Branding: What does it mean?
“Branding” describes the process of searing a distinct mark into the hide of a cow or other livestock using a branding iron.
It also means the promotion of your product or company with advertising and distinctive logos.
Today, we’ll be talking mostly about the latter definition. But before we press your sizzling new brand up to the tender flesh of your company, let’s go over exactly why you need to focus so much on getting it right.
The Importance of Branding
Chances are, there are a ton of people out there doing or selling exactly what you are. Your brand is what sets you apart from the others. It’s a way of saying, “Sure, you could buy the same thing from someone else, but this is how our company is different.”
And, even more importantly, your brand is your company’s identity. When customers see your logo, font, color scheme, and graphics, they should get an idea of what your company stands for and how their experience with you will be.
You don’t have to take our word for it. Here are some statistics that prove the importance of having your own consistent brand identity:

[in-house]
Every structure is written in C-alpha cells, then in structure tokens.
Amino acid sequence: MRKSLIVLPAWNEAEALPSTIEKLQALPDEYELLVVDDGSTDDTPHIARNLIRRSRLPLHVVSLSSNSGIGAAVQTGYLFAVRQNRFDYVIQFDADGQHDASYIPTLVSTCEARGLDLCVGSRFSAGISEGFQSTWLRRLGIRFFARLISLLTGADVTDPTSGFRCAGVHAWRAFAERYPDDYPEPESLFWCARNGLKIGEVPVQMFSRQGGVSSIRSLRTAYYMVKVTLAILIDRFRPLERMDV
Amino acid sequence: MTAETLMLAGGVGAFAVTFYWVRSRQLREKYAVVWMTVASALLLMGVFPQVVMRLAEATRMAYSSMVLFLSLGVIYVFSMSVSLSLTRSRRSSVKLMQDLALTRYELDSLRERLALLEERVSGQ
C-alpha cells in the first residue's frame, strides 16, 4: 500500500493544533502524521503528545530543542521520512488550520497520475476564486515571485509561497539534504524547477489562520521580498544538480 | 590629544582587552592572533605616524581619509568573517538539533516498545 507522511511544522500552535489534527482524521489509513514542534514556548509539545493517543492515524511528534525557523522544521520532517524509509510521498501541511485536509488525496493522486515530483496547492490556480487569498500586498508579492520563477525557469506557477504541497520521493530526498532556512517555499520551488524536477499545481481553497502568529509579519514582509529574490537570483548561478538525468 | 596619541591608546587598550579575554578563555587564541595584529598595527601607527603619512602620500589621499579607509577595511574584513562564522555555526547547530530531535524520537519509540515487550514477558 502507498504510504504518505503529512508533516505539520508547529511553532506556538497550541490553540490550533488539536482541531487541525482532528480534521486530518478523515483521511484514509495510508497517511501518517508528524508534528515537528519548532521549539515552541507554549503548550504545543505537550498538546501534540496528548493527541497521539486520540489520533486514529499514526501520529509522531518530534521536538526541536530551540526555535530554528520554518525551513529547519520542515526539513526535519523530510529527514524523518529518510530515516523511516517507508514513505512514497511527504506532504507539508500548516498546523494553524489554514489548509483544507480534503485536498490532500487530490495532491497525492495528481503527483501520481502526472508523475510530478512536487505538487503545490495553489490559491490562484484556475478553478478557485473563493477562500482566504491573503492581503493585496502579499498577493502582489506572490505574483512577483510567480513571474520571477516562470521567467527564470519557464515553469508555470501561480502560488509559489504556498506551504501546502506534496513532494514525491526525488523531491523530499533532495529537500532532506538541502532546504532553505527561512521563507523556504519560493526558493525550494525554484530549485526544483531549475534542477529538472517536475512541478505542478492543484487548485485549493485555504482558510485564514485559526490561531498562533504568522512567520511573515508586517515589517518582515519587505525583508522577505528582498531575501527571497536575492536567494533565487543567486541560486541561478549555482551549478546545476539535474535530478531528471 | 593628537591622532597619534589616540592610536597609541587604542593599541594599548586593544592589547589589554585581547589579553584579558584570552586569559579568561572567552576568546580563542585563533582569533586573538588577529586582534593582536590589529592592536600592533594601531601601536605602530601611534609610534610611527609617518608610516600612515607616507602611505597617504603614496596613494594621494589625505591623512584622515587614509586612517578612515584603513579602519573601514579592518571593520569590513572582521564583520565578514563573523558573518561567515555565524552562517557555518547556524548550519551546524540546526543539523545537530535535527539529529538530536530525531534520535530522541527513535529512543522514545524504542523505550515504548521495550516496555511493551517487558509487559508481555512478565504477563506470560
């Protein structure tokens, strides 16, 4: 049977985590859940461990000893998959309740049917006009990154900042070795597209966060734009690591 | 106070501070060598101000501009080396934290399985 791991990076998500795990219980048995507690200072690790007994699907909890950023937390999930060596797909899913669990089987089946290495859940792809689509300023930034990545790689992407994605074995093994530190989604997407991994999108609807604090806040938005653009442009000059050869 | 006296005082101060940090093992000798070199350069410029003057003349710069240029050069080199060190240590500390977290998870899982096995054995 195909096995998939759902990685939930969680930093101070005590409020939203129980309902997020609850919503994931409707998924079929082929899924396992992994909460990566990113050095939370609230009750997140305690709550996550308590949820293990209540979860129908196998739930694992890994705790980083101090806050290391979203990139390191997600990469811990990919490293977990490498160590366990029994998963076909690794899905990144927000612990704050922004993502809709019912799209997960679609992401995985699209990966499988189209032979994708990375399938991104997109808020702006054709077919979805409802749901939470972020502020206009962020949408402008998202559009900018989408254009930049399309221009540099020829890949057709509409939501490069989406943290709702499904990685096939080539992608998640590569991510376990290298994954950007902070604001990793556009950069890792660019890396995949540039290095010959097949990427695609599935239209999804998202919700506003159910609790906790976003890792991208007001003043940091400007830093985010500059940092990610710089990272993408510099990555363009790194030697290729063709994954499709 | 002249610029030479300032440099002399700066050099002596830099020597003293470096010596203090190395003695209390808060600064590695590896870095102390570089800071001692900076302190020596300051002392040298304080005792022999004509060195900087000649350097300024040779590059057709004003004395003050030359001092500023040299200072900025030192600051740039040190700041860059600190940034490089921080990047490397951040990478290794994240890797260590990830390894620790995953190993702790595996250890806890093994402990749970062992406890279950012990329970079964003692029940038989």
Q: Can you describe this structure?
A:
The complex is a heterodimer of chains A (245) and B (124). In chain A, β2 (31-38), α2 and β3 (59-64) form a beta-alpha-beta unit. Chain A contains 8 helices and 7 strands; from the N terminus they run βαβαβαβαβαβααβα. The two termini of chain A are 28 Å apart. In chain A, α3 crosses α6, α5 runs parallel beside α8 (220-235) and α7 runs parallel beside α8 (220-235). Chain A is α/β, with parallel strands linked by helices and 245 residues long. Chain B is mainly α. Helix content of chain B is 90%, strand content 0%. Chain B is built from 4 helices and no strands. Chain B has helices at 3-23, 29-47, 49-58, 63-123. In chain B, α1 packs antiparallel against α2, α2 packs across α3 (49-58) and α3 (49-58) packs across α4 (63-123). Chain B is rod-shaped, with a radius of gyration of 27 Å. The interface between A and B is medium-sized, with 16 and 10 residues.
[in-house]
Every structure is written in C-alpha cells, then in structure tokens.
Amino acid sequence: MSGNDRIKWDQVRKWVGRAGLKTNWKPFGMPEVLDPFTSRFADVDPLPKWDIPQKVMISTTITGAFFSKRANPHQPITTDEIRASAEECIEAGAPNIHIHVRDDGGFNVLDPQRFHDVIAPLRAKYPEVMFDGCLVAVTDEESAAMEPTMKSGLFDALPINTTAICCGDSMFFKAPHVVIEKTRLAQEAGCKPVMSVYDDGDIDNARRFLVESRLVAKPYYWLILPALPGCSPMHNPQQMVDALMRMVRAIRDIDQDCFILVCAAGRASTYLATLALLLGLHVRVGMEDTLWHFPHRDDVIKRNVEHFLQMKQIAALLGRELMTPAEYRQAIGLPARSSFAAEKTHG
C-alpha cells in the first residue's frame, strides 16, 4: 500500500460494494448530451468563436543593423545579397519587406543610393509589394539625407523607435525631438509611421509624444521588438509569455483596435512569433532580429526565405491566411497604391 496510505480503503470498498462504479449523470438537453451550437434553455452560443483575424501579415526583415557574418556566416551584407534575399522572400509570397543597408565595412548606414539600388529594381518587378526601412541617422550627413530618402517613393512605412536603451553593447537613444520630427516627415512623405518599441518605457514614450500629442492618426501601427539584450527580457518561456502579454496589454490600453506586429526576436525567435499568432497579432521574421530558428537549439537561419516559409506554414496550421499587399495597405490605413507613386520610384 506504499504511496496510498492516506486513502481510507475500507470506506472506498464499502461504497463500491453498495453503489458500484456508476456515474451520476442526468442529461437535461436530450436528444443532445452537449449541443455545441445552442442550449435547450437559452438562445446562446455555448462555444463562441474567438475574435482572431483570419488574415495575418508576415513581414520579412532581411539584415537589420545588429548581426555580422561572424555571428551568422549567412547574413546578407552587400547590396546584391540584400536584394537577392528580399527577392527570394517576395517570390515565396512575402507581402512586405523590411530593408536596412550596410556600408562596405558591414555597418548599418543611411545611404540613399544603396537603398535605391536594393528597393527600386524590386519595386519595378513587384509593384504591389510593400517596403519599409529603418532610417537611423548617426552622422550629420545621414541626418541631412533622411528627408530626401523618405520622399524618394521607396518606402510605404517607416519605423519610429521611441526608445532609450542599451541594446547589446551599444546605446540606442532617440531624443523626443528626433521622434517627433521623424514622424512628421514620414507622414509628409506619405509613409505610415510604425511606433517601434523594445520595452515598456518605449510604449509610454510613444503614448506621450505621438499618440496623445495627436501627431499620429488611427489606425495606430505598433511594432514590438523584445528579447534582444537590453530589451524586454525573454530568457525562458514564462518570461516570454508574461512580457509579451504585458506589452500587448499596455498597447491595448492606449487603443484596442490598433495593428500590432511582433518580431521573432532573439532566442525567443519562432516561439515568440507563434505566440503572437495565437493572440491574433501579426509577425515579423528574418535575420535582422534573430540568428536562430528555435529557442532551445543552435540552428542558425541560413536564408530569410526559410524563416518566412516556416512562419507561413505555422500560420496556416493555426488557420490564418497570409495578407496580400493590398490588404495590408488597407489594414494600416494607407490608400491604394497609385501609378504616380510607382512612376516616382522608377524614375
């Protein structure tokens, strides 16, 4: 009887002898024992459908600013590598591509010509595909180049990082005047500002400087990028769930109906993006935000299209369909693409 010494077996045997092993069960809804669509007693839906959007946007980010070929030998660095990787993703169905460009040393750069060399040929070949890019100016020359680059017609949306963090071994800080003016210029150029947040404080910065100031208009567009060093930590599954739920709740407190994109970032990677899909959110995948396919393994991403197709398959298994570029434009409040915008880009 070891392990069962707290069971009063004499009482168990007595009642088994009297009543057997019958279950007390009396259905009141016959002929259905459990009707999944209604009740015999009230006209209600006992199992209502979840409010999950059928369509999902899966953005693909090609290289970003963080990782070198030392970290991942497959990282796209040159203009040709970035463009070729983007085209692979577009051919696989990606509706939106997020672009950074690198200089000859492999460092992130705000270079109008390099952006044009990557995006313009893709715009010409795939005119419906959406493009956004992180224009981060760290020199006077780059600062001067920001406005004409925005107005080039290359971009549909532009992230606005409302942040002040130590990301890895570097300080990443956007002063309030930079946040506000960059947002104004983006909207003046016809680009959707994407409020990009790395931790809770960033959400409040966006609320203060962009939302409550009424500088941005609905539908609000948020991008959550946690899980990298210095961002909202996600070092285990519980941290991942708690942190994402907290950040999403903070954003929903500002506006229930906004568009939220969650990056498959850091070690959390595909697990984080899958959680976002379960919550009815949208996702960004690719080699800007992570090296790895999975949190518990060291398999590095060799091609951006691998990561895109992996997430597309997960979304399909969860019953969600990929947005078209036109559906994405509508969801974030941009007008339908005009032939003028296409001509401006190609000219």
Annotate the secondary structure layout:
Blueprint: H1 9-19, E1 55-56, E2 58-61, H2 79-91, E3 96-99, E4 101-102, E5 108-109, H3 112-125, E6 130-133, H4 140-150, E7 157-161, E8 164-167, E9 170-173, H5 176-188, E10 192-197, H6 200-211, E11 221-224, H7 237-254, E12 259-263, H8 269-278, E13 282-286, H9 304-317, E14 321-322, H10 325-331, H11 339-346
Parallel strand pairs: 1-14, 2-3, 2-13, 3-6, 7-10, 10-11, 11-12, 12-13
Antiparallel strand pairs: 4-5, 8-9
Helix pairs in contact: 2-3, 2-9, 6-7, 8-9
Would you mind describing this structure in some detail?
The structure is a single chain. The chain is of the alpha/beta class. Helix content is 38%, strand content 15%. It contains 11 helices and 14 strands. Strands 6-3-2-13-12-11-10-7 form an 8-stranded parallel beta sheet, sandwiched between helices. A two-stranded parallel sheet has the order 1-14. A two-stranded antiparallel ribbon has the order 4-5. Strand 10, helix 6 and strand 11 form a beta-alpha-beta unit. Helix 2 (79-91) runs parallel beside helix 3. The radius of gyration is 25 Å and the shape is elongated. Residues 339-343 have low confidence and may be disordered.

- 88% of consumers claim it takes three or more purchases to build brand loyalty
- 23% is how much you can increase revenue by improving consistency in your brand.
- 94% of consumers say they choose brands they feel emotionally connected to
If you’re wondering how to improve loyalty, consistency, and emotional connection for your brand, buckle up – you’ve come to the right place.
Design and Voice
You have ten seconds for your customer to memorize your logo and associate it with your brand. How can you tell them so much in just ten seconds?
Well, you could try describing your brand with words, like this:
But that’s kind of long. You only have ten seconds, so something like this:
…will do the job faster.
Whoever created the Cracker Barrel logo made design choices that speak to what the restaurant represents: Hand lettering in a serif font brings us back to the days before computer printing. The gold and brown (Cracker Barrel was founded in the 70’s) radiates coziness and warmth. A smiling grandfatherly man leans against a barrel – he’s wearing overalls, so don’t worry about dressing up for this establishment. Just get ready for some good country cookin’ surrounded by old rusty farming equipment and vintage signs for cough syrup.